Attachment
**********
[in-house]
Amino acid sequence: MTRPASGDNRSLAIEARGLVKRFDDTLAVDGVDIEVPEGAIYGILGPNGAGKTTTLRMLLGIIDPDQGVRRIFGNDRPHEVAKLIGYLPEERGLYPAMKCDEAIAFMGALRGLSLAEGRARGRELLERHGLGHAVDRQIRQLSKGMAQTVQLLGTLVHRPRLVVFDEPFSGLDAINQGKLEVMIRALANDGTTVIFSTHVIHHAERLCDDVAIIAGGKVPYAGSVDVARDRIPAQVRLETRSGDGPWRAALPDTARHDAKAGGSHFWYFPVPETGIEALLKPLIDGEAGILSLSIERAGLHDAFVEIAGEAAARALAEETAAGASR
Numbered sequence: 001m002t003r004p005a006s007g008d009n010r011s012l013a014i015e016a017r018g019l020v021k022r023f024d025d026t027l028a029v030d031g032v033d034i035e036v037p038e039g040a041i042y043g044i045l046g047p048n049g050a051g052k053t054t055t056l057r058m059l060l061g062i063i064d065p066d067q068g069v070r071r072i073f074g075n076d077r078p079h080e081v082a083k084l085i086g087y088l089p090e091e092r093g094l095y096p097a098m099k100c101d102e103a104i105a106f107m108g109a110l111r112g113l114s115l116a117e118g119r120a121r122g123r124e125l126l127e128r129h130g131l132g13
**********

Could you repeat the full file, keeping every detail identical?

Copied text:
[in-house]
Amino acid sequence: MTRPASGDNRSLAIEARGLVKRFDDTLAVDGVDIEVPEGAIYGILGPNGAGKTTTLRMLLGIIDPDQGVRRIFGNDRPHEVAKLIGYLPEERGLYPAMKCDEAIAFMGALRGLSLAEGRARGRELLERHGLGHAVDRQIRQLSKGMAQTVQLLGTLVHRPRLVVFDEPFSGLDAINQGKLEVMIRALANDGTTVIFSTHVIHHAERLCDDVAIIAGGKVPYAGSVDVARDRIPAQVRLETRSGDGPWRAALPDTARHDAKAGGSHFWYFPVPETGIEALLKPLIDGEAGILSLSIERAGLHDAFVEIAGEAAARALAEETAAGASR
Numbered sequence: 001m002t003r004p005a006s007g008d009n010r011s012l013a014i015e016a017r018g019l020v021k022r023f024d025d026t027l028a029v030d031g032v033d034i035e036v037p038e039g040a041i042y043g044i045l046g047p048n049g050a051g052k053t054t055t056l057r058m059l060l061g062i063i064d065p066d067q068g069v070r071r072i073f074g075n076d077r078p079h080e081v082a083k084l085i086g087y088l089p090e091e092r093g094l095y096p097a098m099k100c101d102e103a104i105a106f107m108g109a110l111r112g113l114s115l116a117e118g119r120a121r122g123r124e125l126l127e128r129h130g131l132g13